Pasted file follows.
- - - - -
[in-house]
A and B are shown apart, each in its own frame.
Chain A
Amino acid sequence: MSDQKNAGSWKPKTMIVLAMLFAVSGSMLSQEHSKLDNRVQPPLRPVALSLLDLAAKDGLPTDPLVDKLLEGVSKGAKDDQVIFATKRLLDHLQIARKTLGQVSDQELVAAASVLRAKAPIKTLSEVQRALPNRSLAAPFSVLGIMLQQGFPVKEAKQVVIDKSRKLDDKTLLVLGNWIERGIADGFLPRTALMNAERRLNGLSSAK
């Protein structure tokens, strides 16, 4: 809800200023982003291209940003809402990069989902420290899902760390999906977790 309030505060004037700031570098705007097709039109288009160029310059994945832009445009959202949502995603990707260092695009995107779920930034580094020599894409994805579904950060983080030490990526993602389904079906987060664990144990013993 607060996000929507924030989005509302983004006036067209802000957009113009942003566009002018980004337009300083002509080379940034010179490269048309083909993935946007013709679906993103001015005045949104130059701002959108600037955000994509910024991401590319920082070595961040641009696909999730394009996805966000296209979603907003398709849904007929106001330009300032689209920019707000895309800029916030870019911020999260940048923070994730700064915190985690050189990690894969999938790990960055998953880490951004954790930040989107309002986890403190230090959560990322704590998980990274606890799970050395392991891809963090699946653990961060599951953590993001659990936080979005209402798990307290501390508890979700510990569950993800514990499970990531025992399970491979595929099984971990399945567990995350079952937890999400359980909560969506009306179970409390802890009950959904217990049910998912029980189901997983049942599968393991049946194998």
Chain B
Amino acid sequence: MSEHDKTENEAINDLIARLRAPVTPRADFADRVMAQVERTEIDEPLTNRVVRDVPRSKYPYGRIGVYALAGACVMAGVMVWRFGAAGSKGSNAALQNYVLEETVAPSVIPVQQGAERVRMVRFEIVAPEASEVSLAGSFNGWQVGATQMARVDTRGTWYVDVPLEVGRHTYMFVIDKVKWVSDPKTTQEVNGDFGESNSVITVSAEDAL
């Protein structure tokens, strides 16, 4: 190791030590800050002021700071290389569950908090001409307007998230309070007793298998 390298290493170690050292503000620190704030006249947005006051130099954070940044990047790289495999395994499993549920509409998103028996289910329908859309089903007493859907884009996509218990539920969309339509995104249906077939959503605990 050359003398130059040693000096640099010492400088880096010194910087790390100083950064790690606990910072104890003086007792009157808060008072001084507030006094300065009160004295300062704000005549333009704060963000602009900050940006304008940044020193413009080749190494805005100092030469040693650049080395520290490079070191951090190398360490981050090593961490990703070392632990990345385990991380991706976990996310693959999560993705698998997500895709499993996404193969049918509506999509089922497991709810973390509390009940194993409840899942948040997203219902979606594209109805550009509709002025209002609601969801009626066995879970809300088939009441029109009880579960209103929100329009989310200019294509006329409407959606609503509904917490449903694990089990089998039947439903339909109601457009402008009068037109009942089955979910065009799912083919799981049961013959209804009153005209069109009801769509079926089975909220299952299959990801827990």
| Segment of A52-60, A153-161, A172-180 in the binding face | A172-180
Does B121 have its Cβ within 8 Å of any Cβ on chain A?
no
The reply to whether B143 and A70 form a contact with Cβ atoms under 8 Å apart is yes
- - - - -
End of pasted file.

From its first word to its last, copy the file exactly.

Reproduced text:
[in-house]
A and B are shown apart, each in its own frame.
Chain A
Amino acid sequence: MSDQKNAGSWKPKTMIVLAMLFAVSGSMLSQEHSKLDNRVQPPLRPVALSLLDLAAKDGLPTDPLVDKLLEGVSKGAKDDQVIFATKRLLDHLQIARKTLGQVSDQELVAAASVLRAKAPIKTLSEVQRALPNRSLAAPFSVLGIMLQQGFPVKEAKQVVIDKSRKLDDKTLLVLGNWIERGIADGFLPRTALMNAERRLNGLSSAK
């Protein structure tokens, strides 16, 4: 809800200023982003291209940003809402990069989902420290899902760390999906977790 309030505060004037700031570098705007097709039109288009160029310059994945832009445009959202949502995603990707260092695009995107779920930034580094020599894409994805579904950060983080030490990526993602389904079906987060664990144990013993 607060996000929507924030989005509302983004006036067209802000957009113009942003566009002018980004337009300083002509080379940034010179490269048309083909993935946007013709679906993103001015005045949104130059701002959108600037955000994509910024991401590319920082070595961040641009696909999730394009996805966000296209979603907003398709849904007929106001330009300032689209920019707000895309800029916030870019911020999260940048923070994730700064915190985690050189990690894969999938790990960055998953880490951004954790930040989107309002986890403190230090959560990322704590998980990274606890799970050395392991891809963090699946653990961060599951953590993001659990936080979005209402798990307290501390508890979700510990569950993800514990499970990531025992399970491979595929099984971990399945567990995350079952937890999400359980909560969506009306179970409390802890009950959904217990049910998912029980189901997983049942599968393991049946194998």
Chain B
Amino acid sequence: MSEHDKTENEAINDLIARLRAPVTPRADFADRVMAQVERTEIDEPLTNRVVRDVPRSKYPYGRIGVYALAGACVMAGVMVWRFGAAGSKGSNAALQNYVLEETVAPSVIPVQQGAERVRMVRFEIVAPEASEVSLAGSFNGWQVGATQMARVDTRGTWYVDVPLEVGRHTYMFVIDKVKWVSDPKTTQEVNGDFGESNSVITVSAEDAL
């Protein structure tokens, strides 16, 4: 190791030590800050002021700071290389569950908090001409307007998230309070007793298998 390298290493170690050292503000620190704030006249947005006051130099954070940044990047790289495999395994499993549920509409998103028996289910329908859309089903007493859907884009996509218990539920969309339509995104249906077939959503605990 050359003398130059040693000096640099010492400088880096010194910087790390100083950064790690606990910072104890003086007792009157808060008072001084507030006094300065009160004295300062704000005549333009704060963000602009900050940006304008940044020193413009080749190494805005100092030469040693650049080395520290490079070191951090190398360490981050090593961490990703070392632990990345385990991380991706976990996310693959999560993705698998997500895709499993996404193969049918509506999509089922497991709810973390509390009940194993409840899942948040997203219902979606594209109805550009509709002025209002609601969801009626066995879970809300088939009441029109009880579960209103929100329009989310200019294509006329409407959606609503509904917490449903694990089990089998039947439903339909109601457009402008009068037109009942089955979910065009799912083919799981049961013959209804009153005209069109009801769509079926089975909220299952299959990801827990």
| Segment of A52-60, A153-161, A172-180 in the binding face | A172-180
Does B121 have its Cβ within 8 Å of any Cβ on chain A?
no
The reply to whether B143 and A70 form a contact with Cβ atoms under 8 Å apart is yes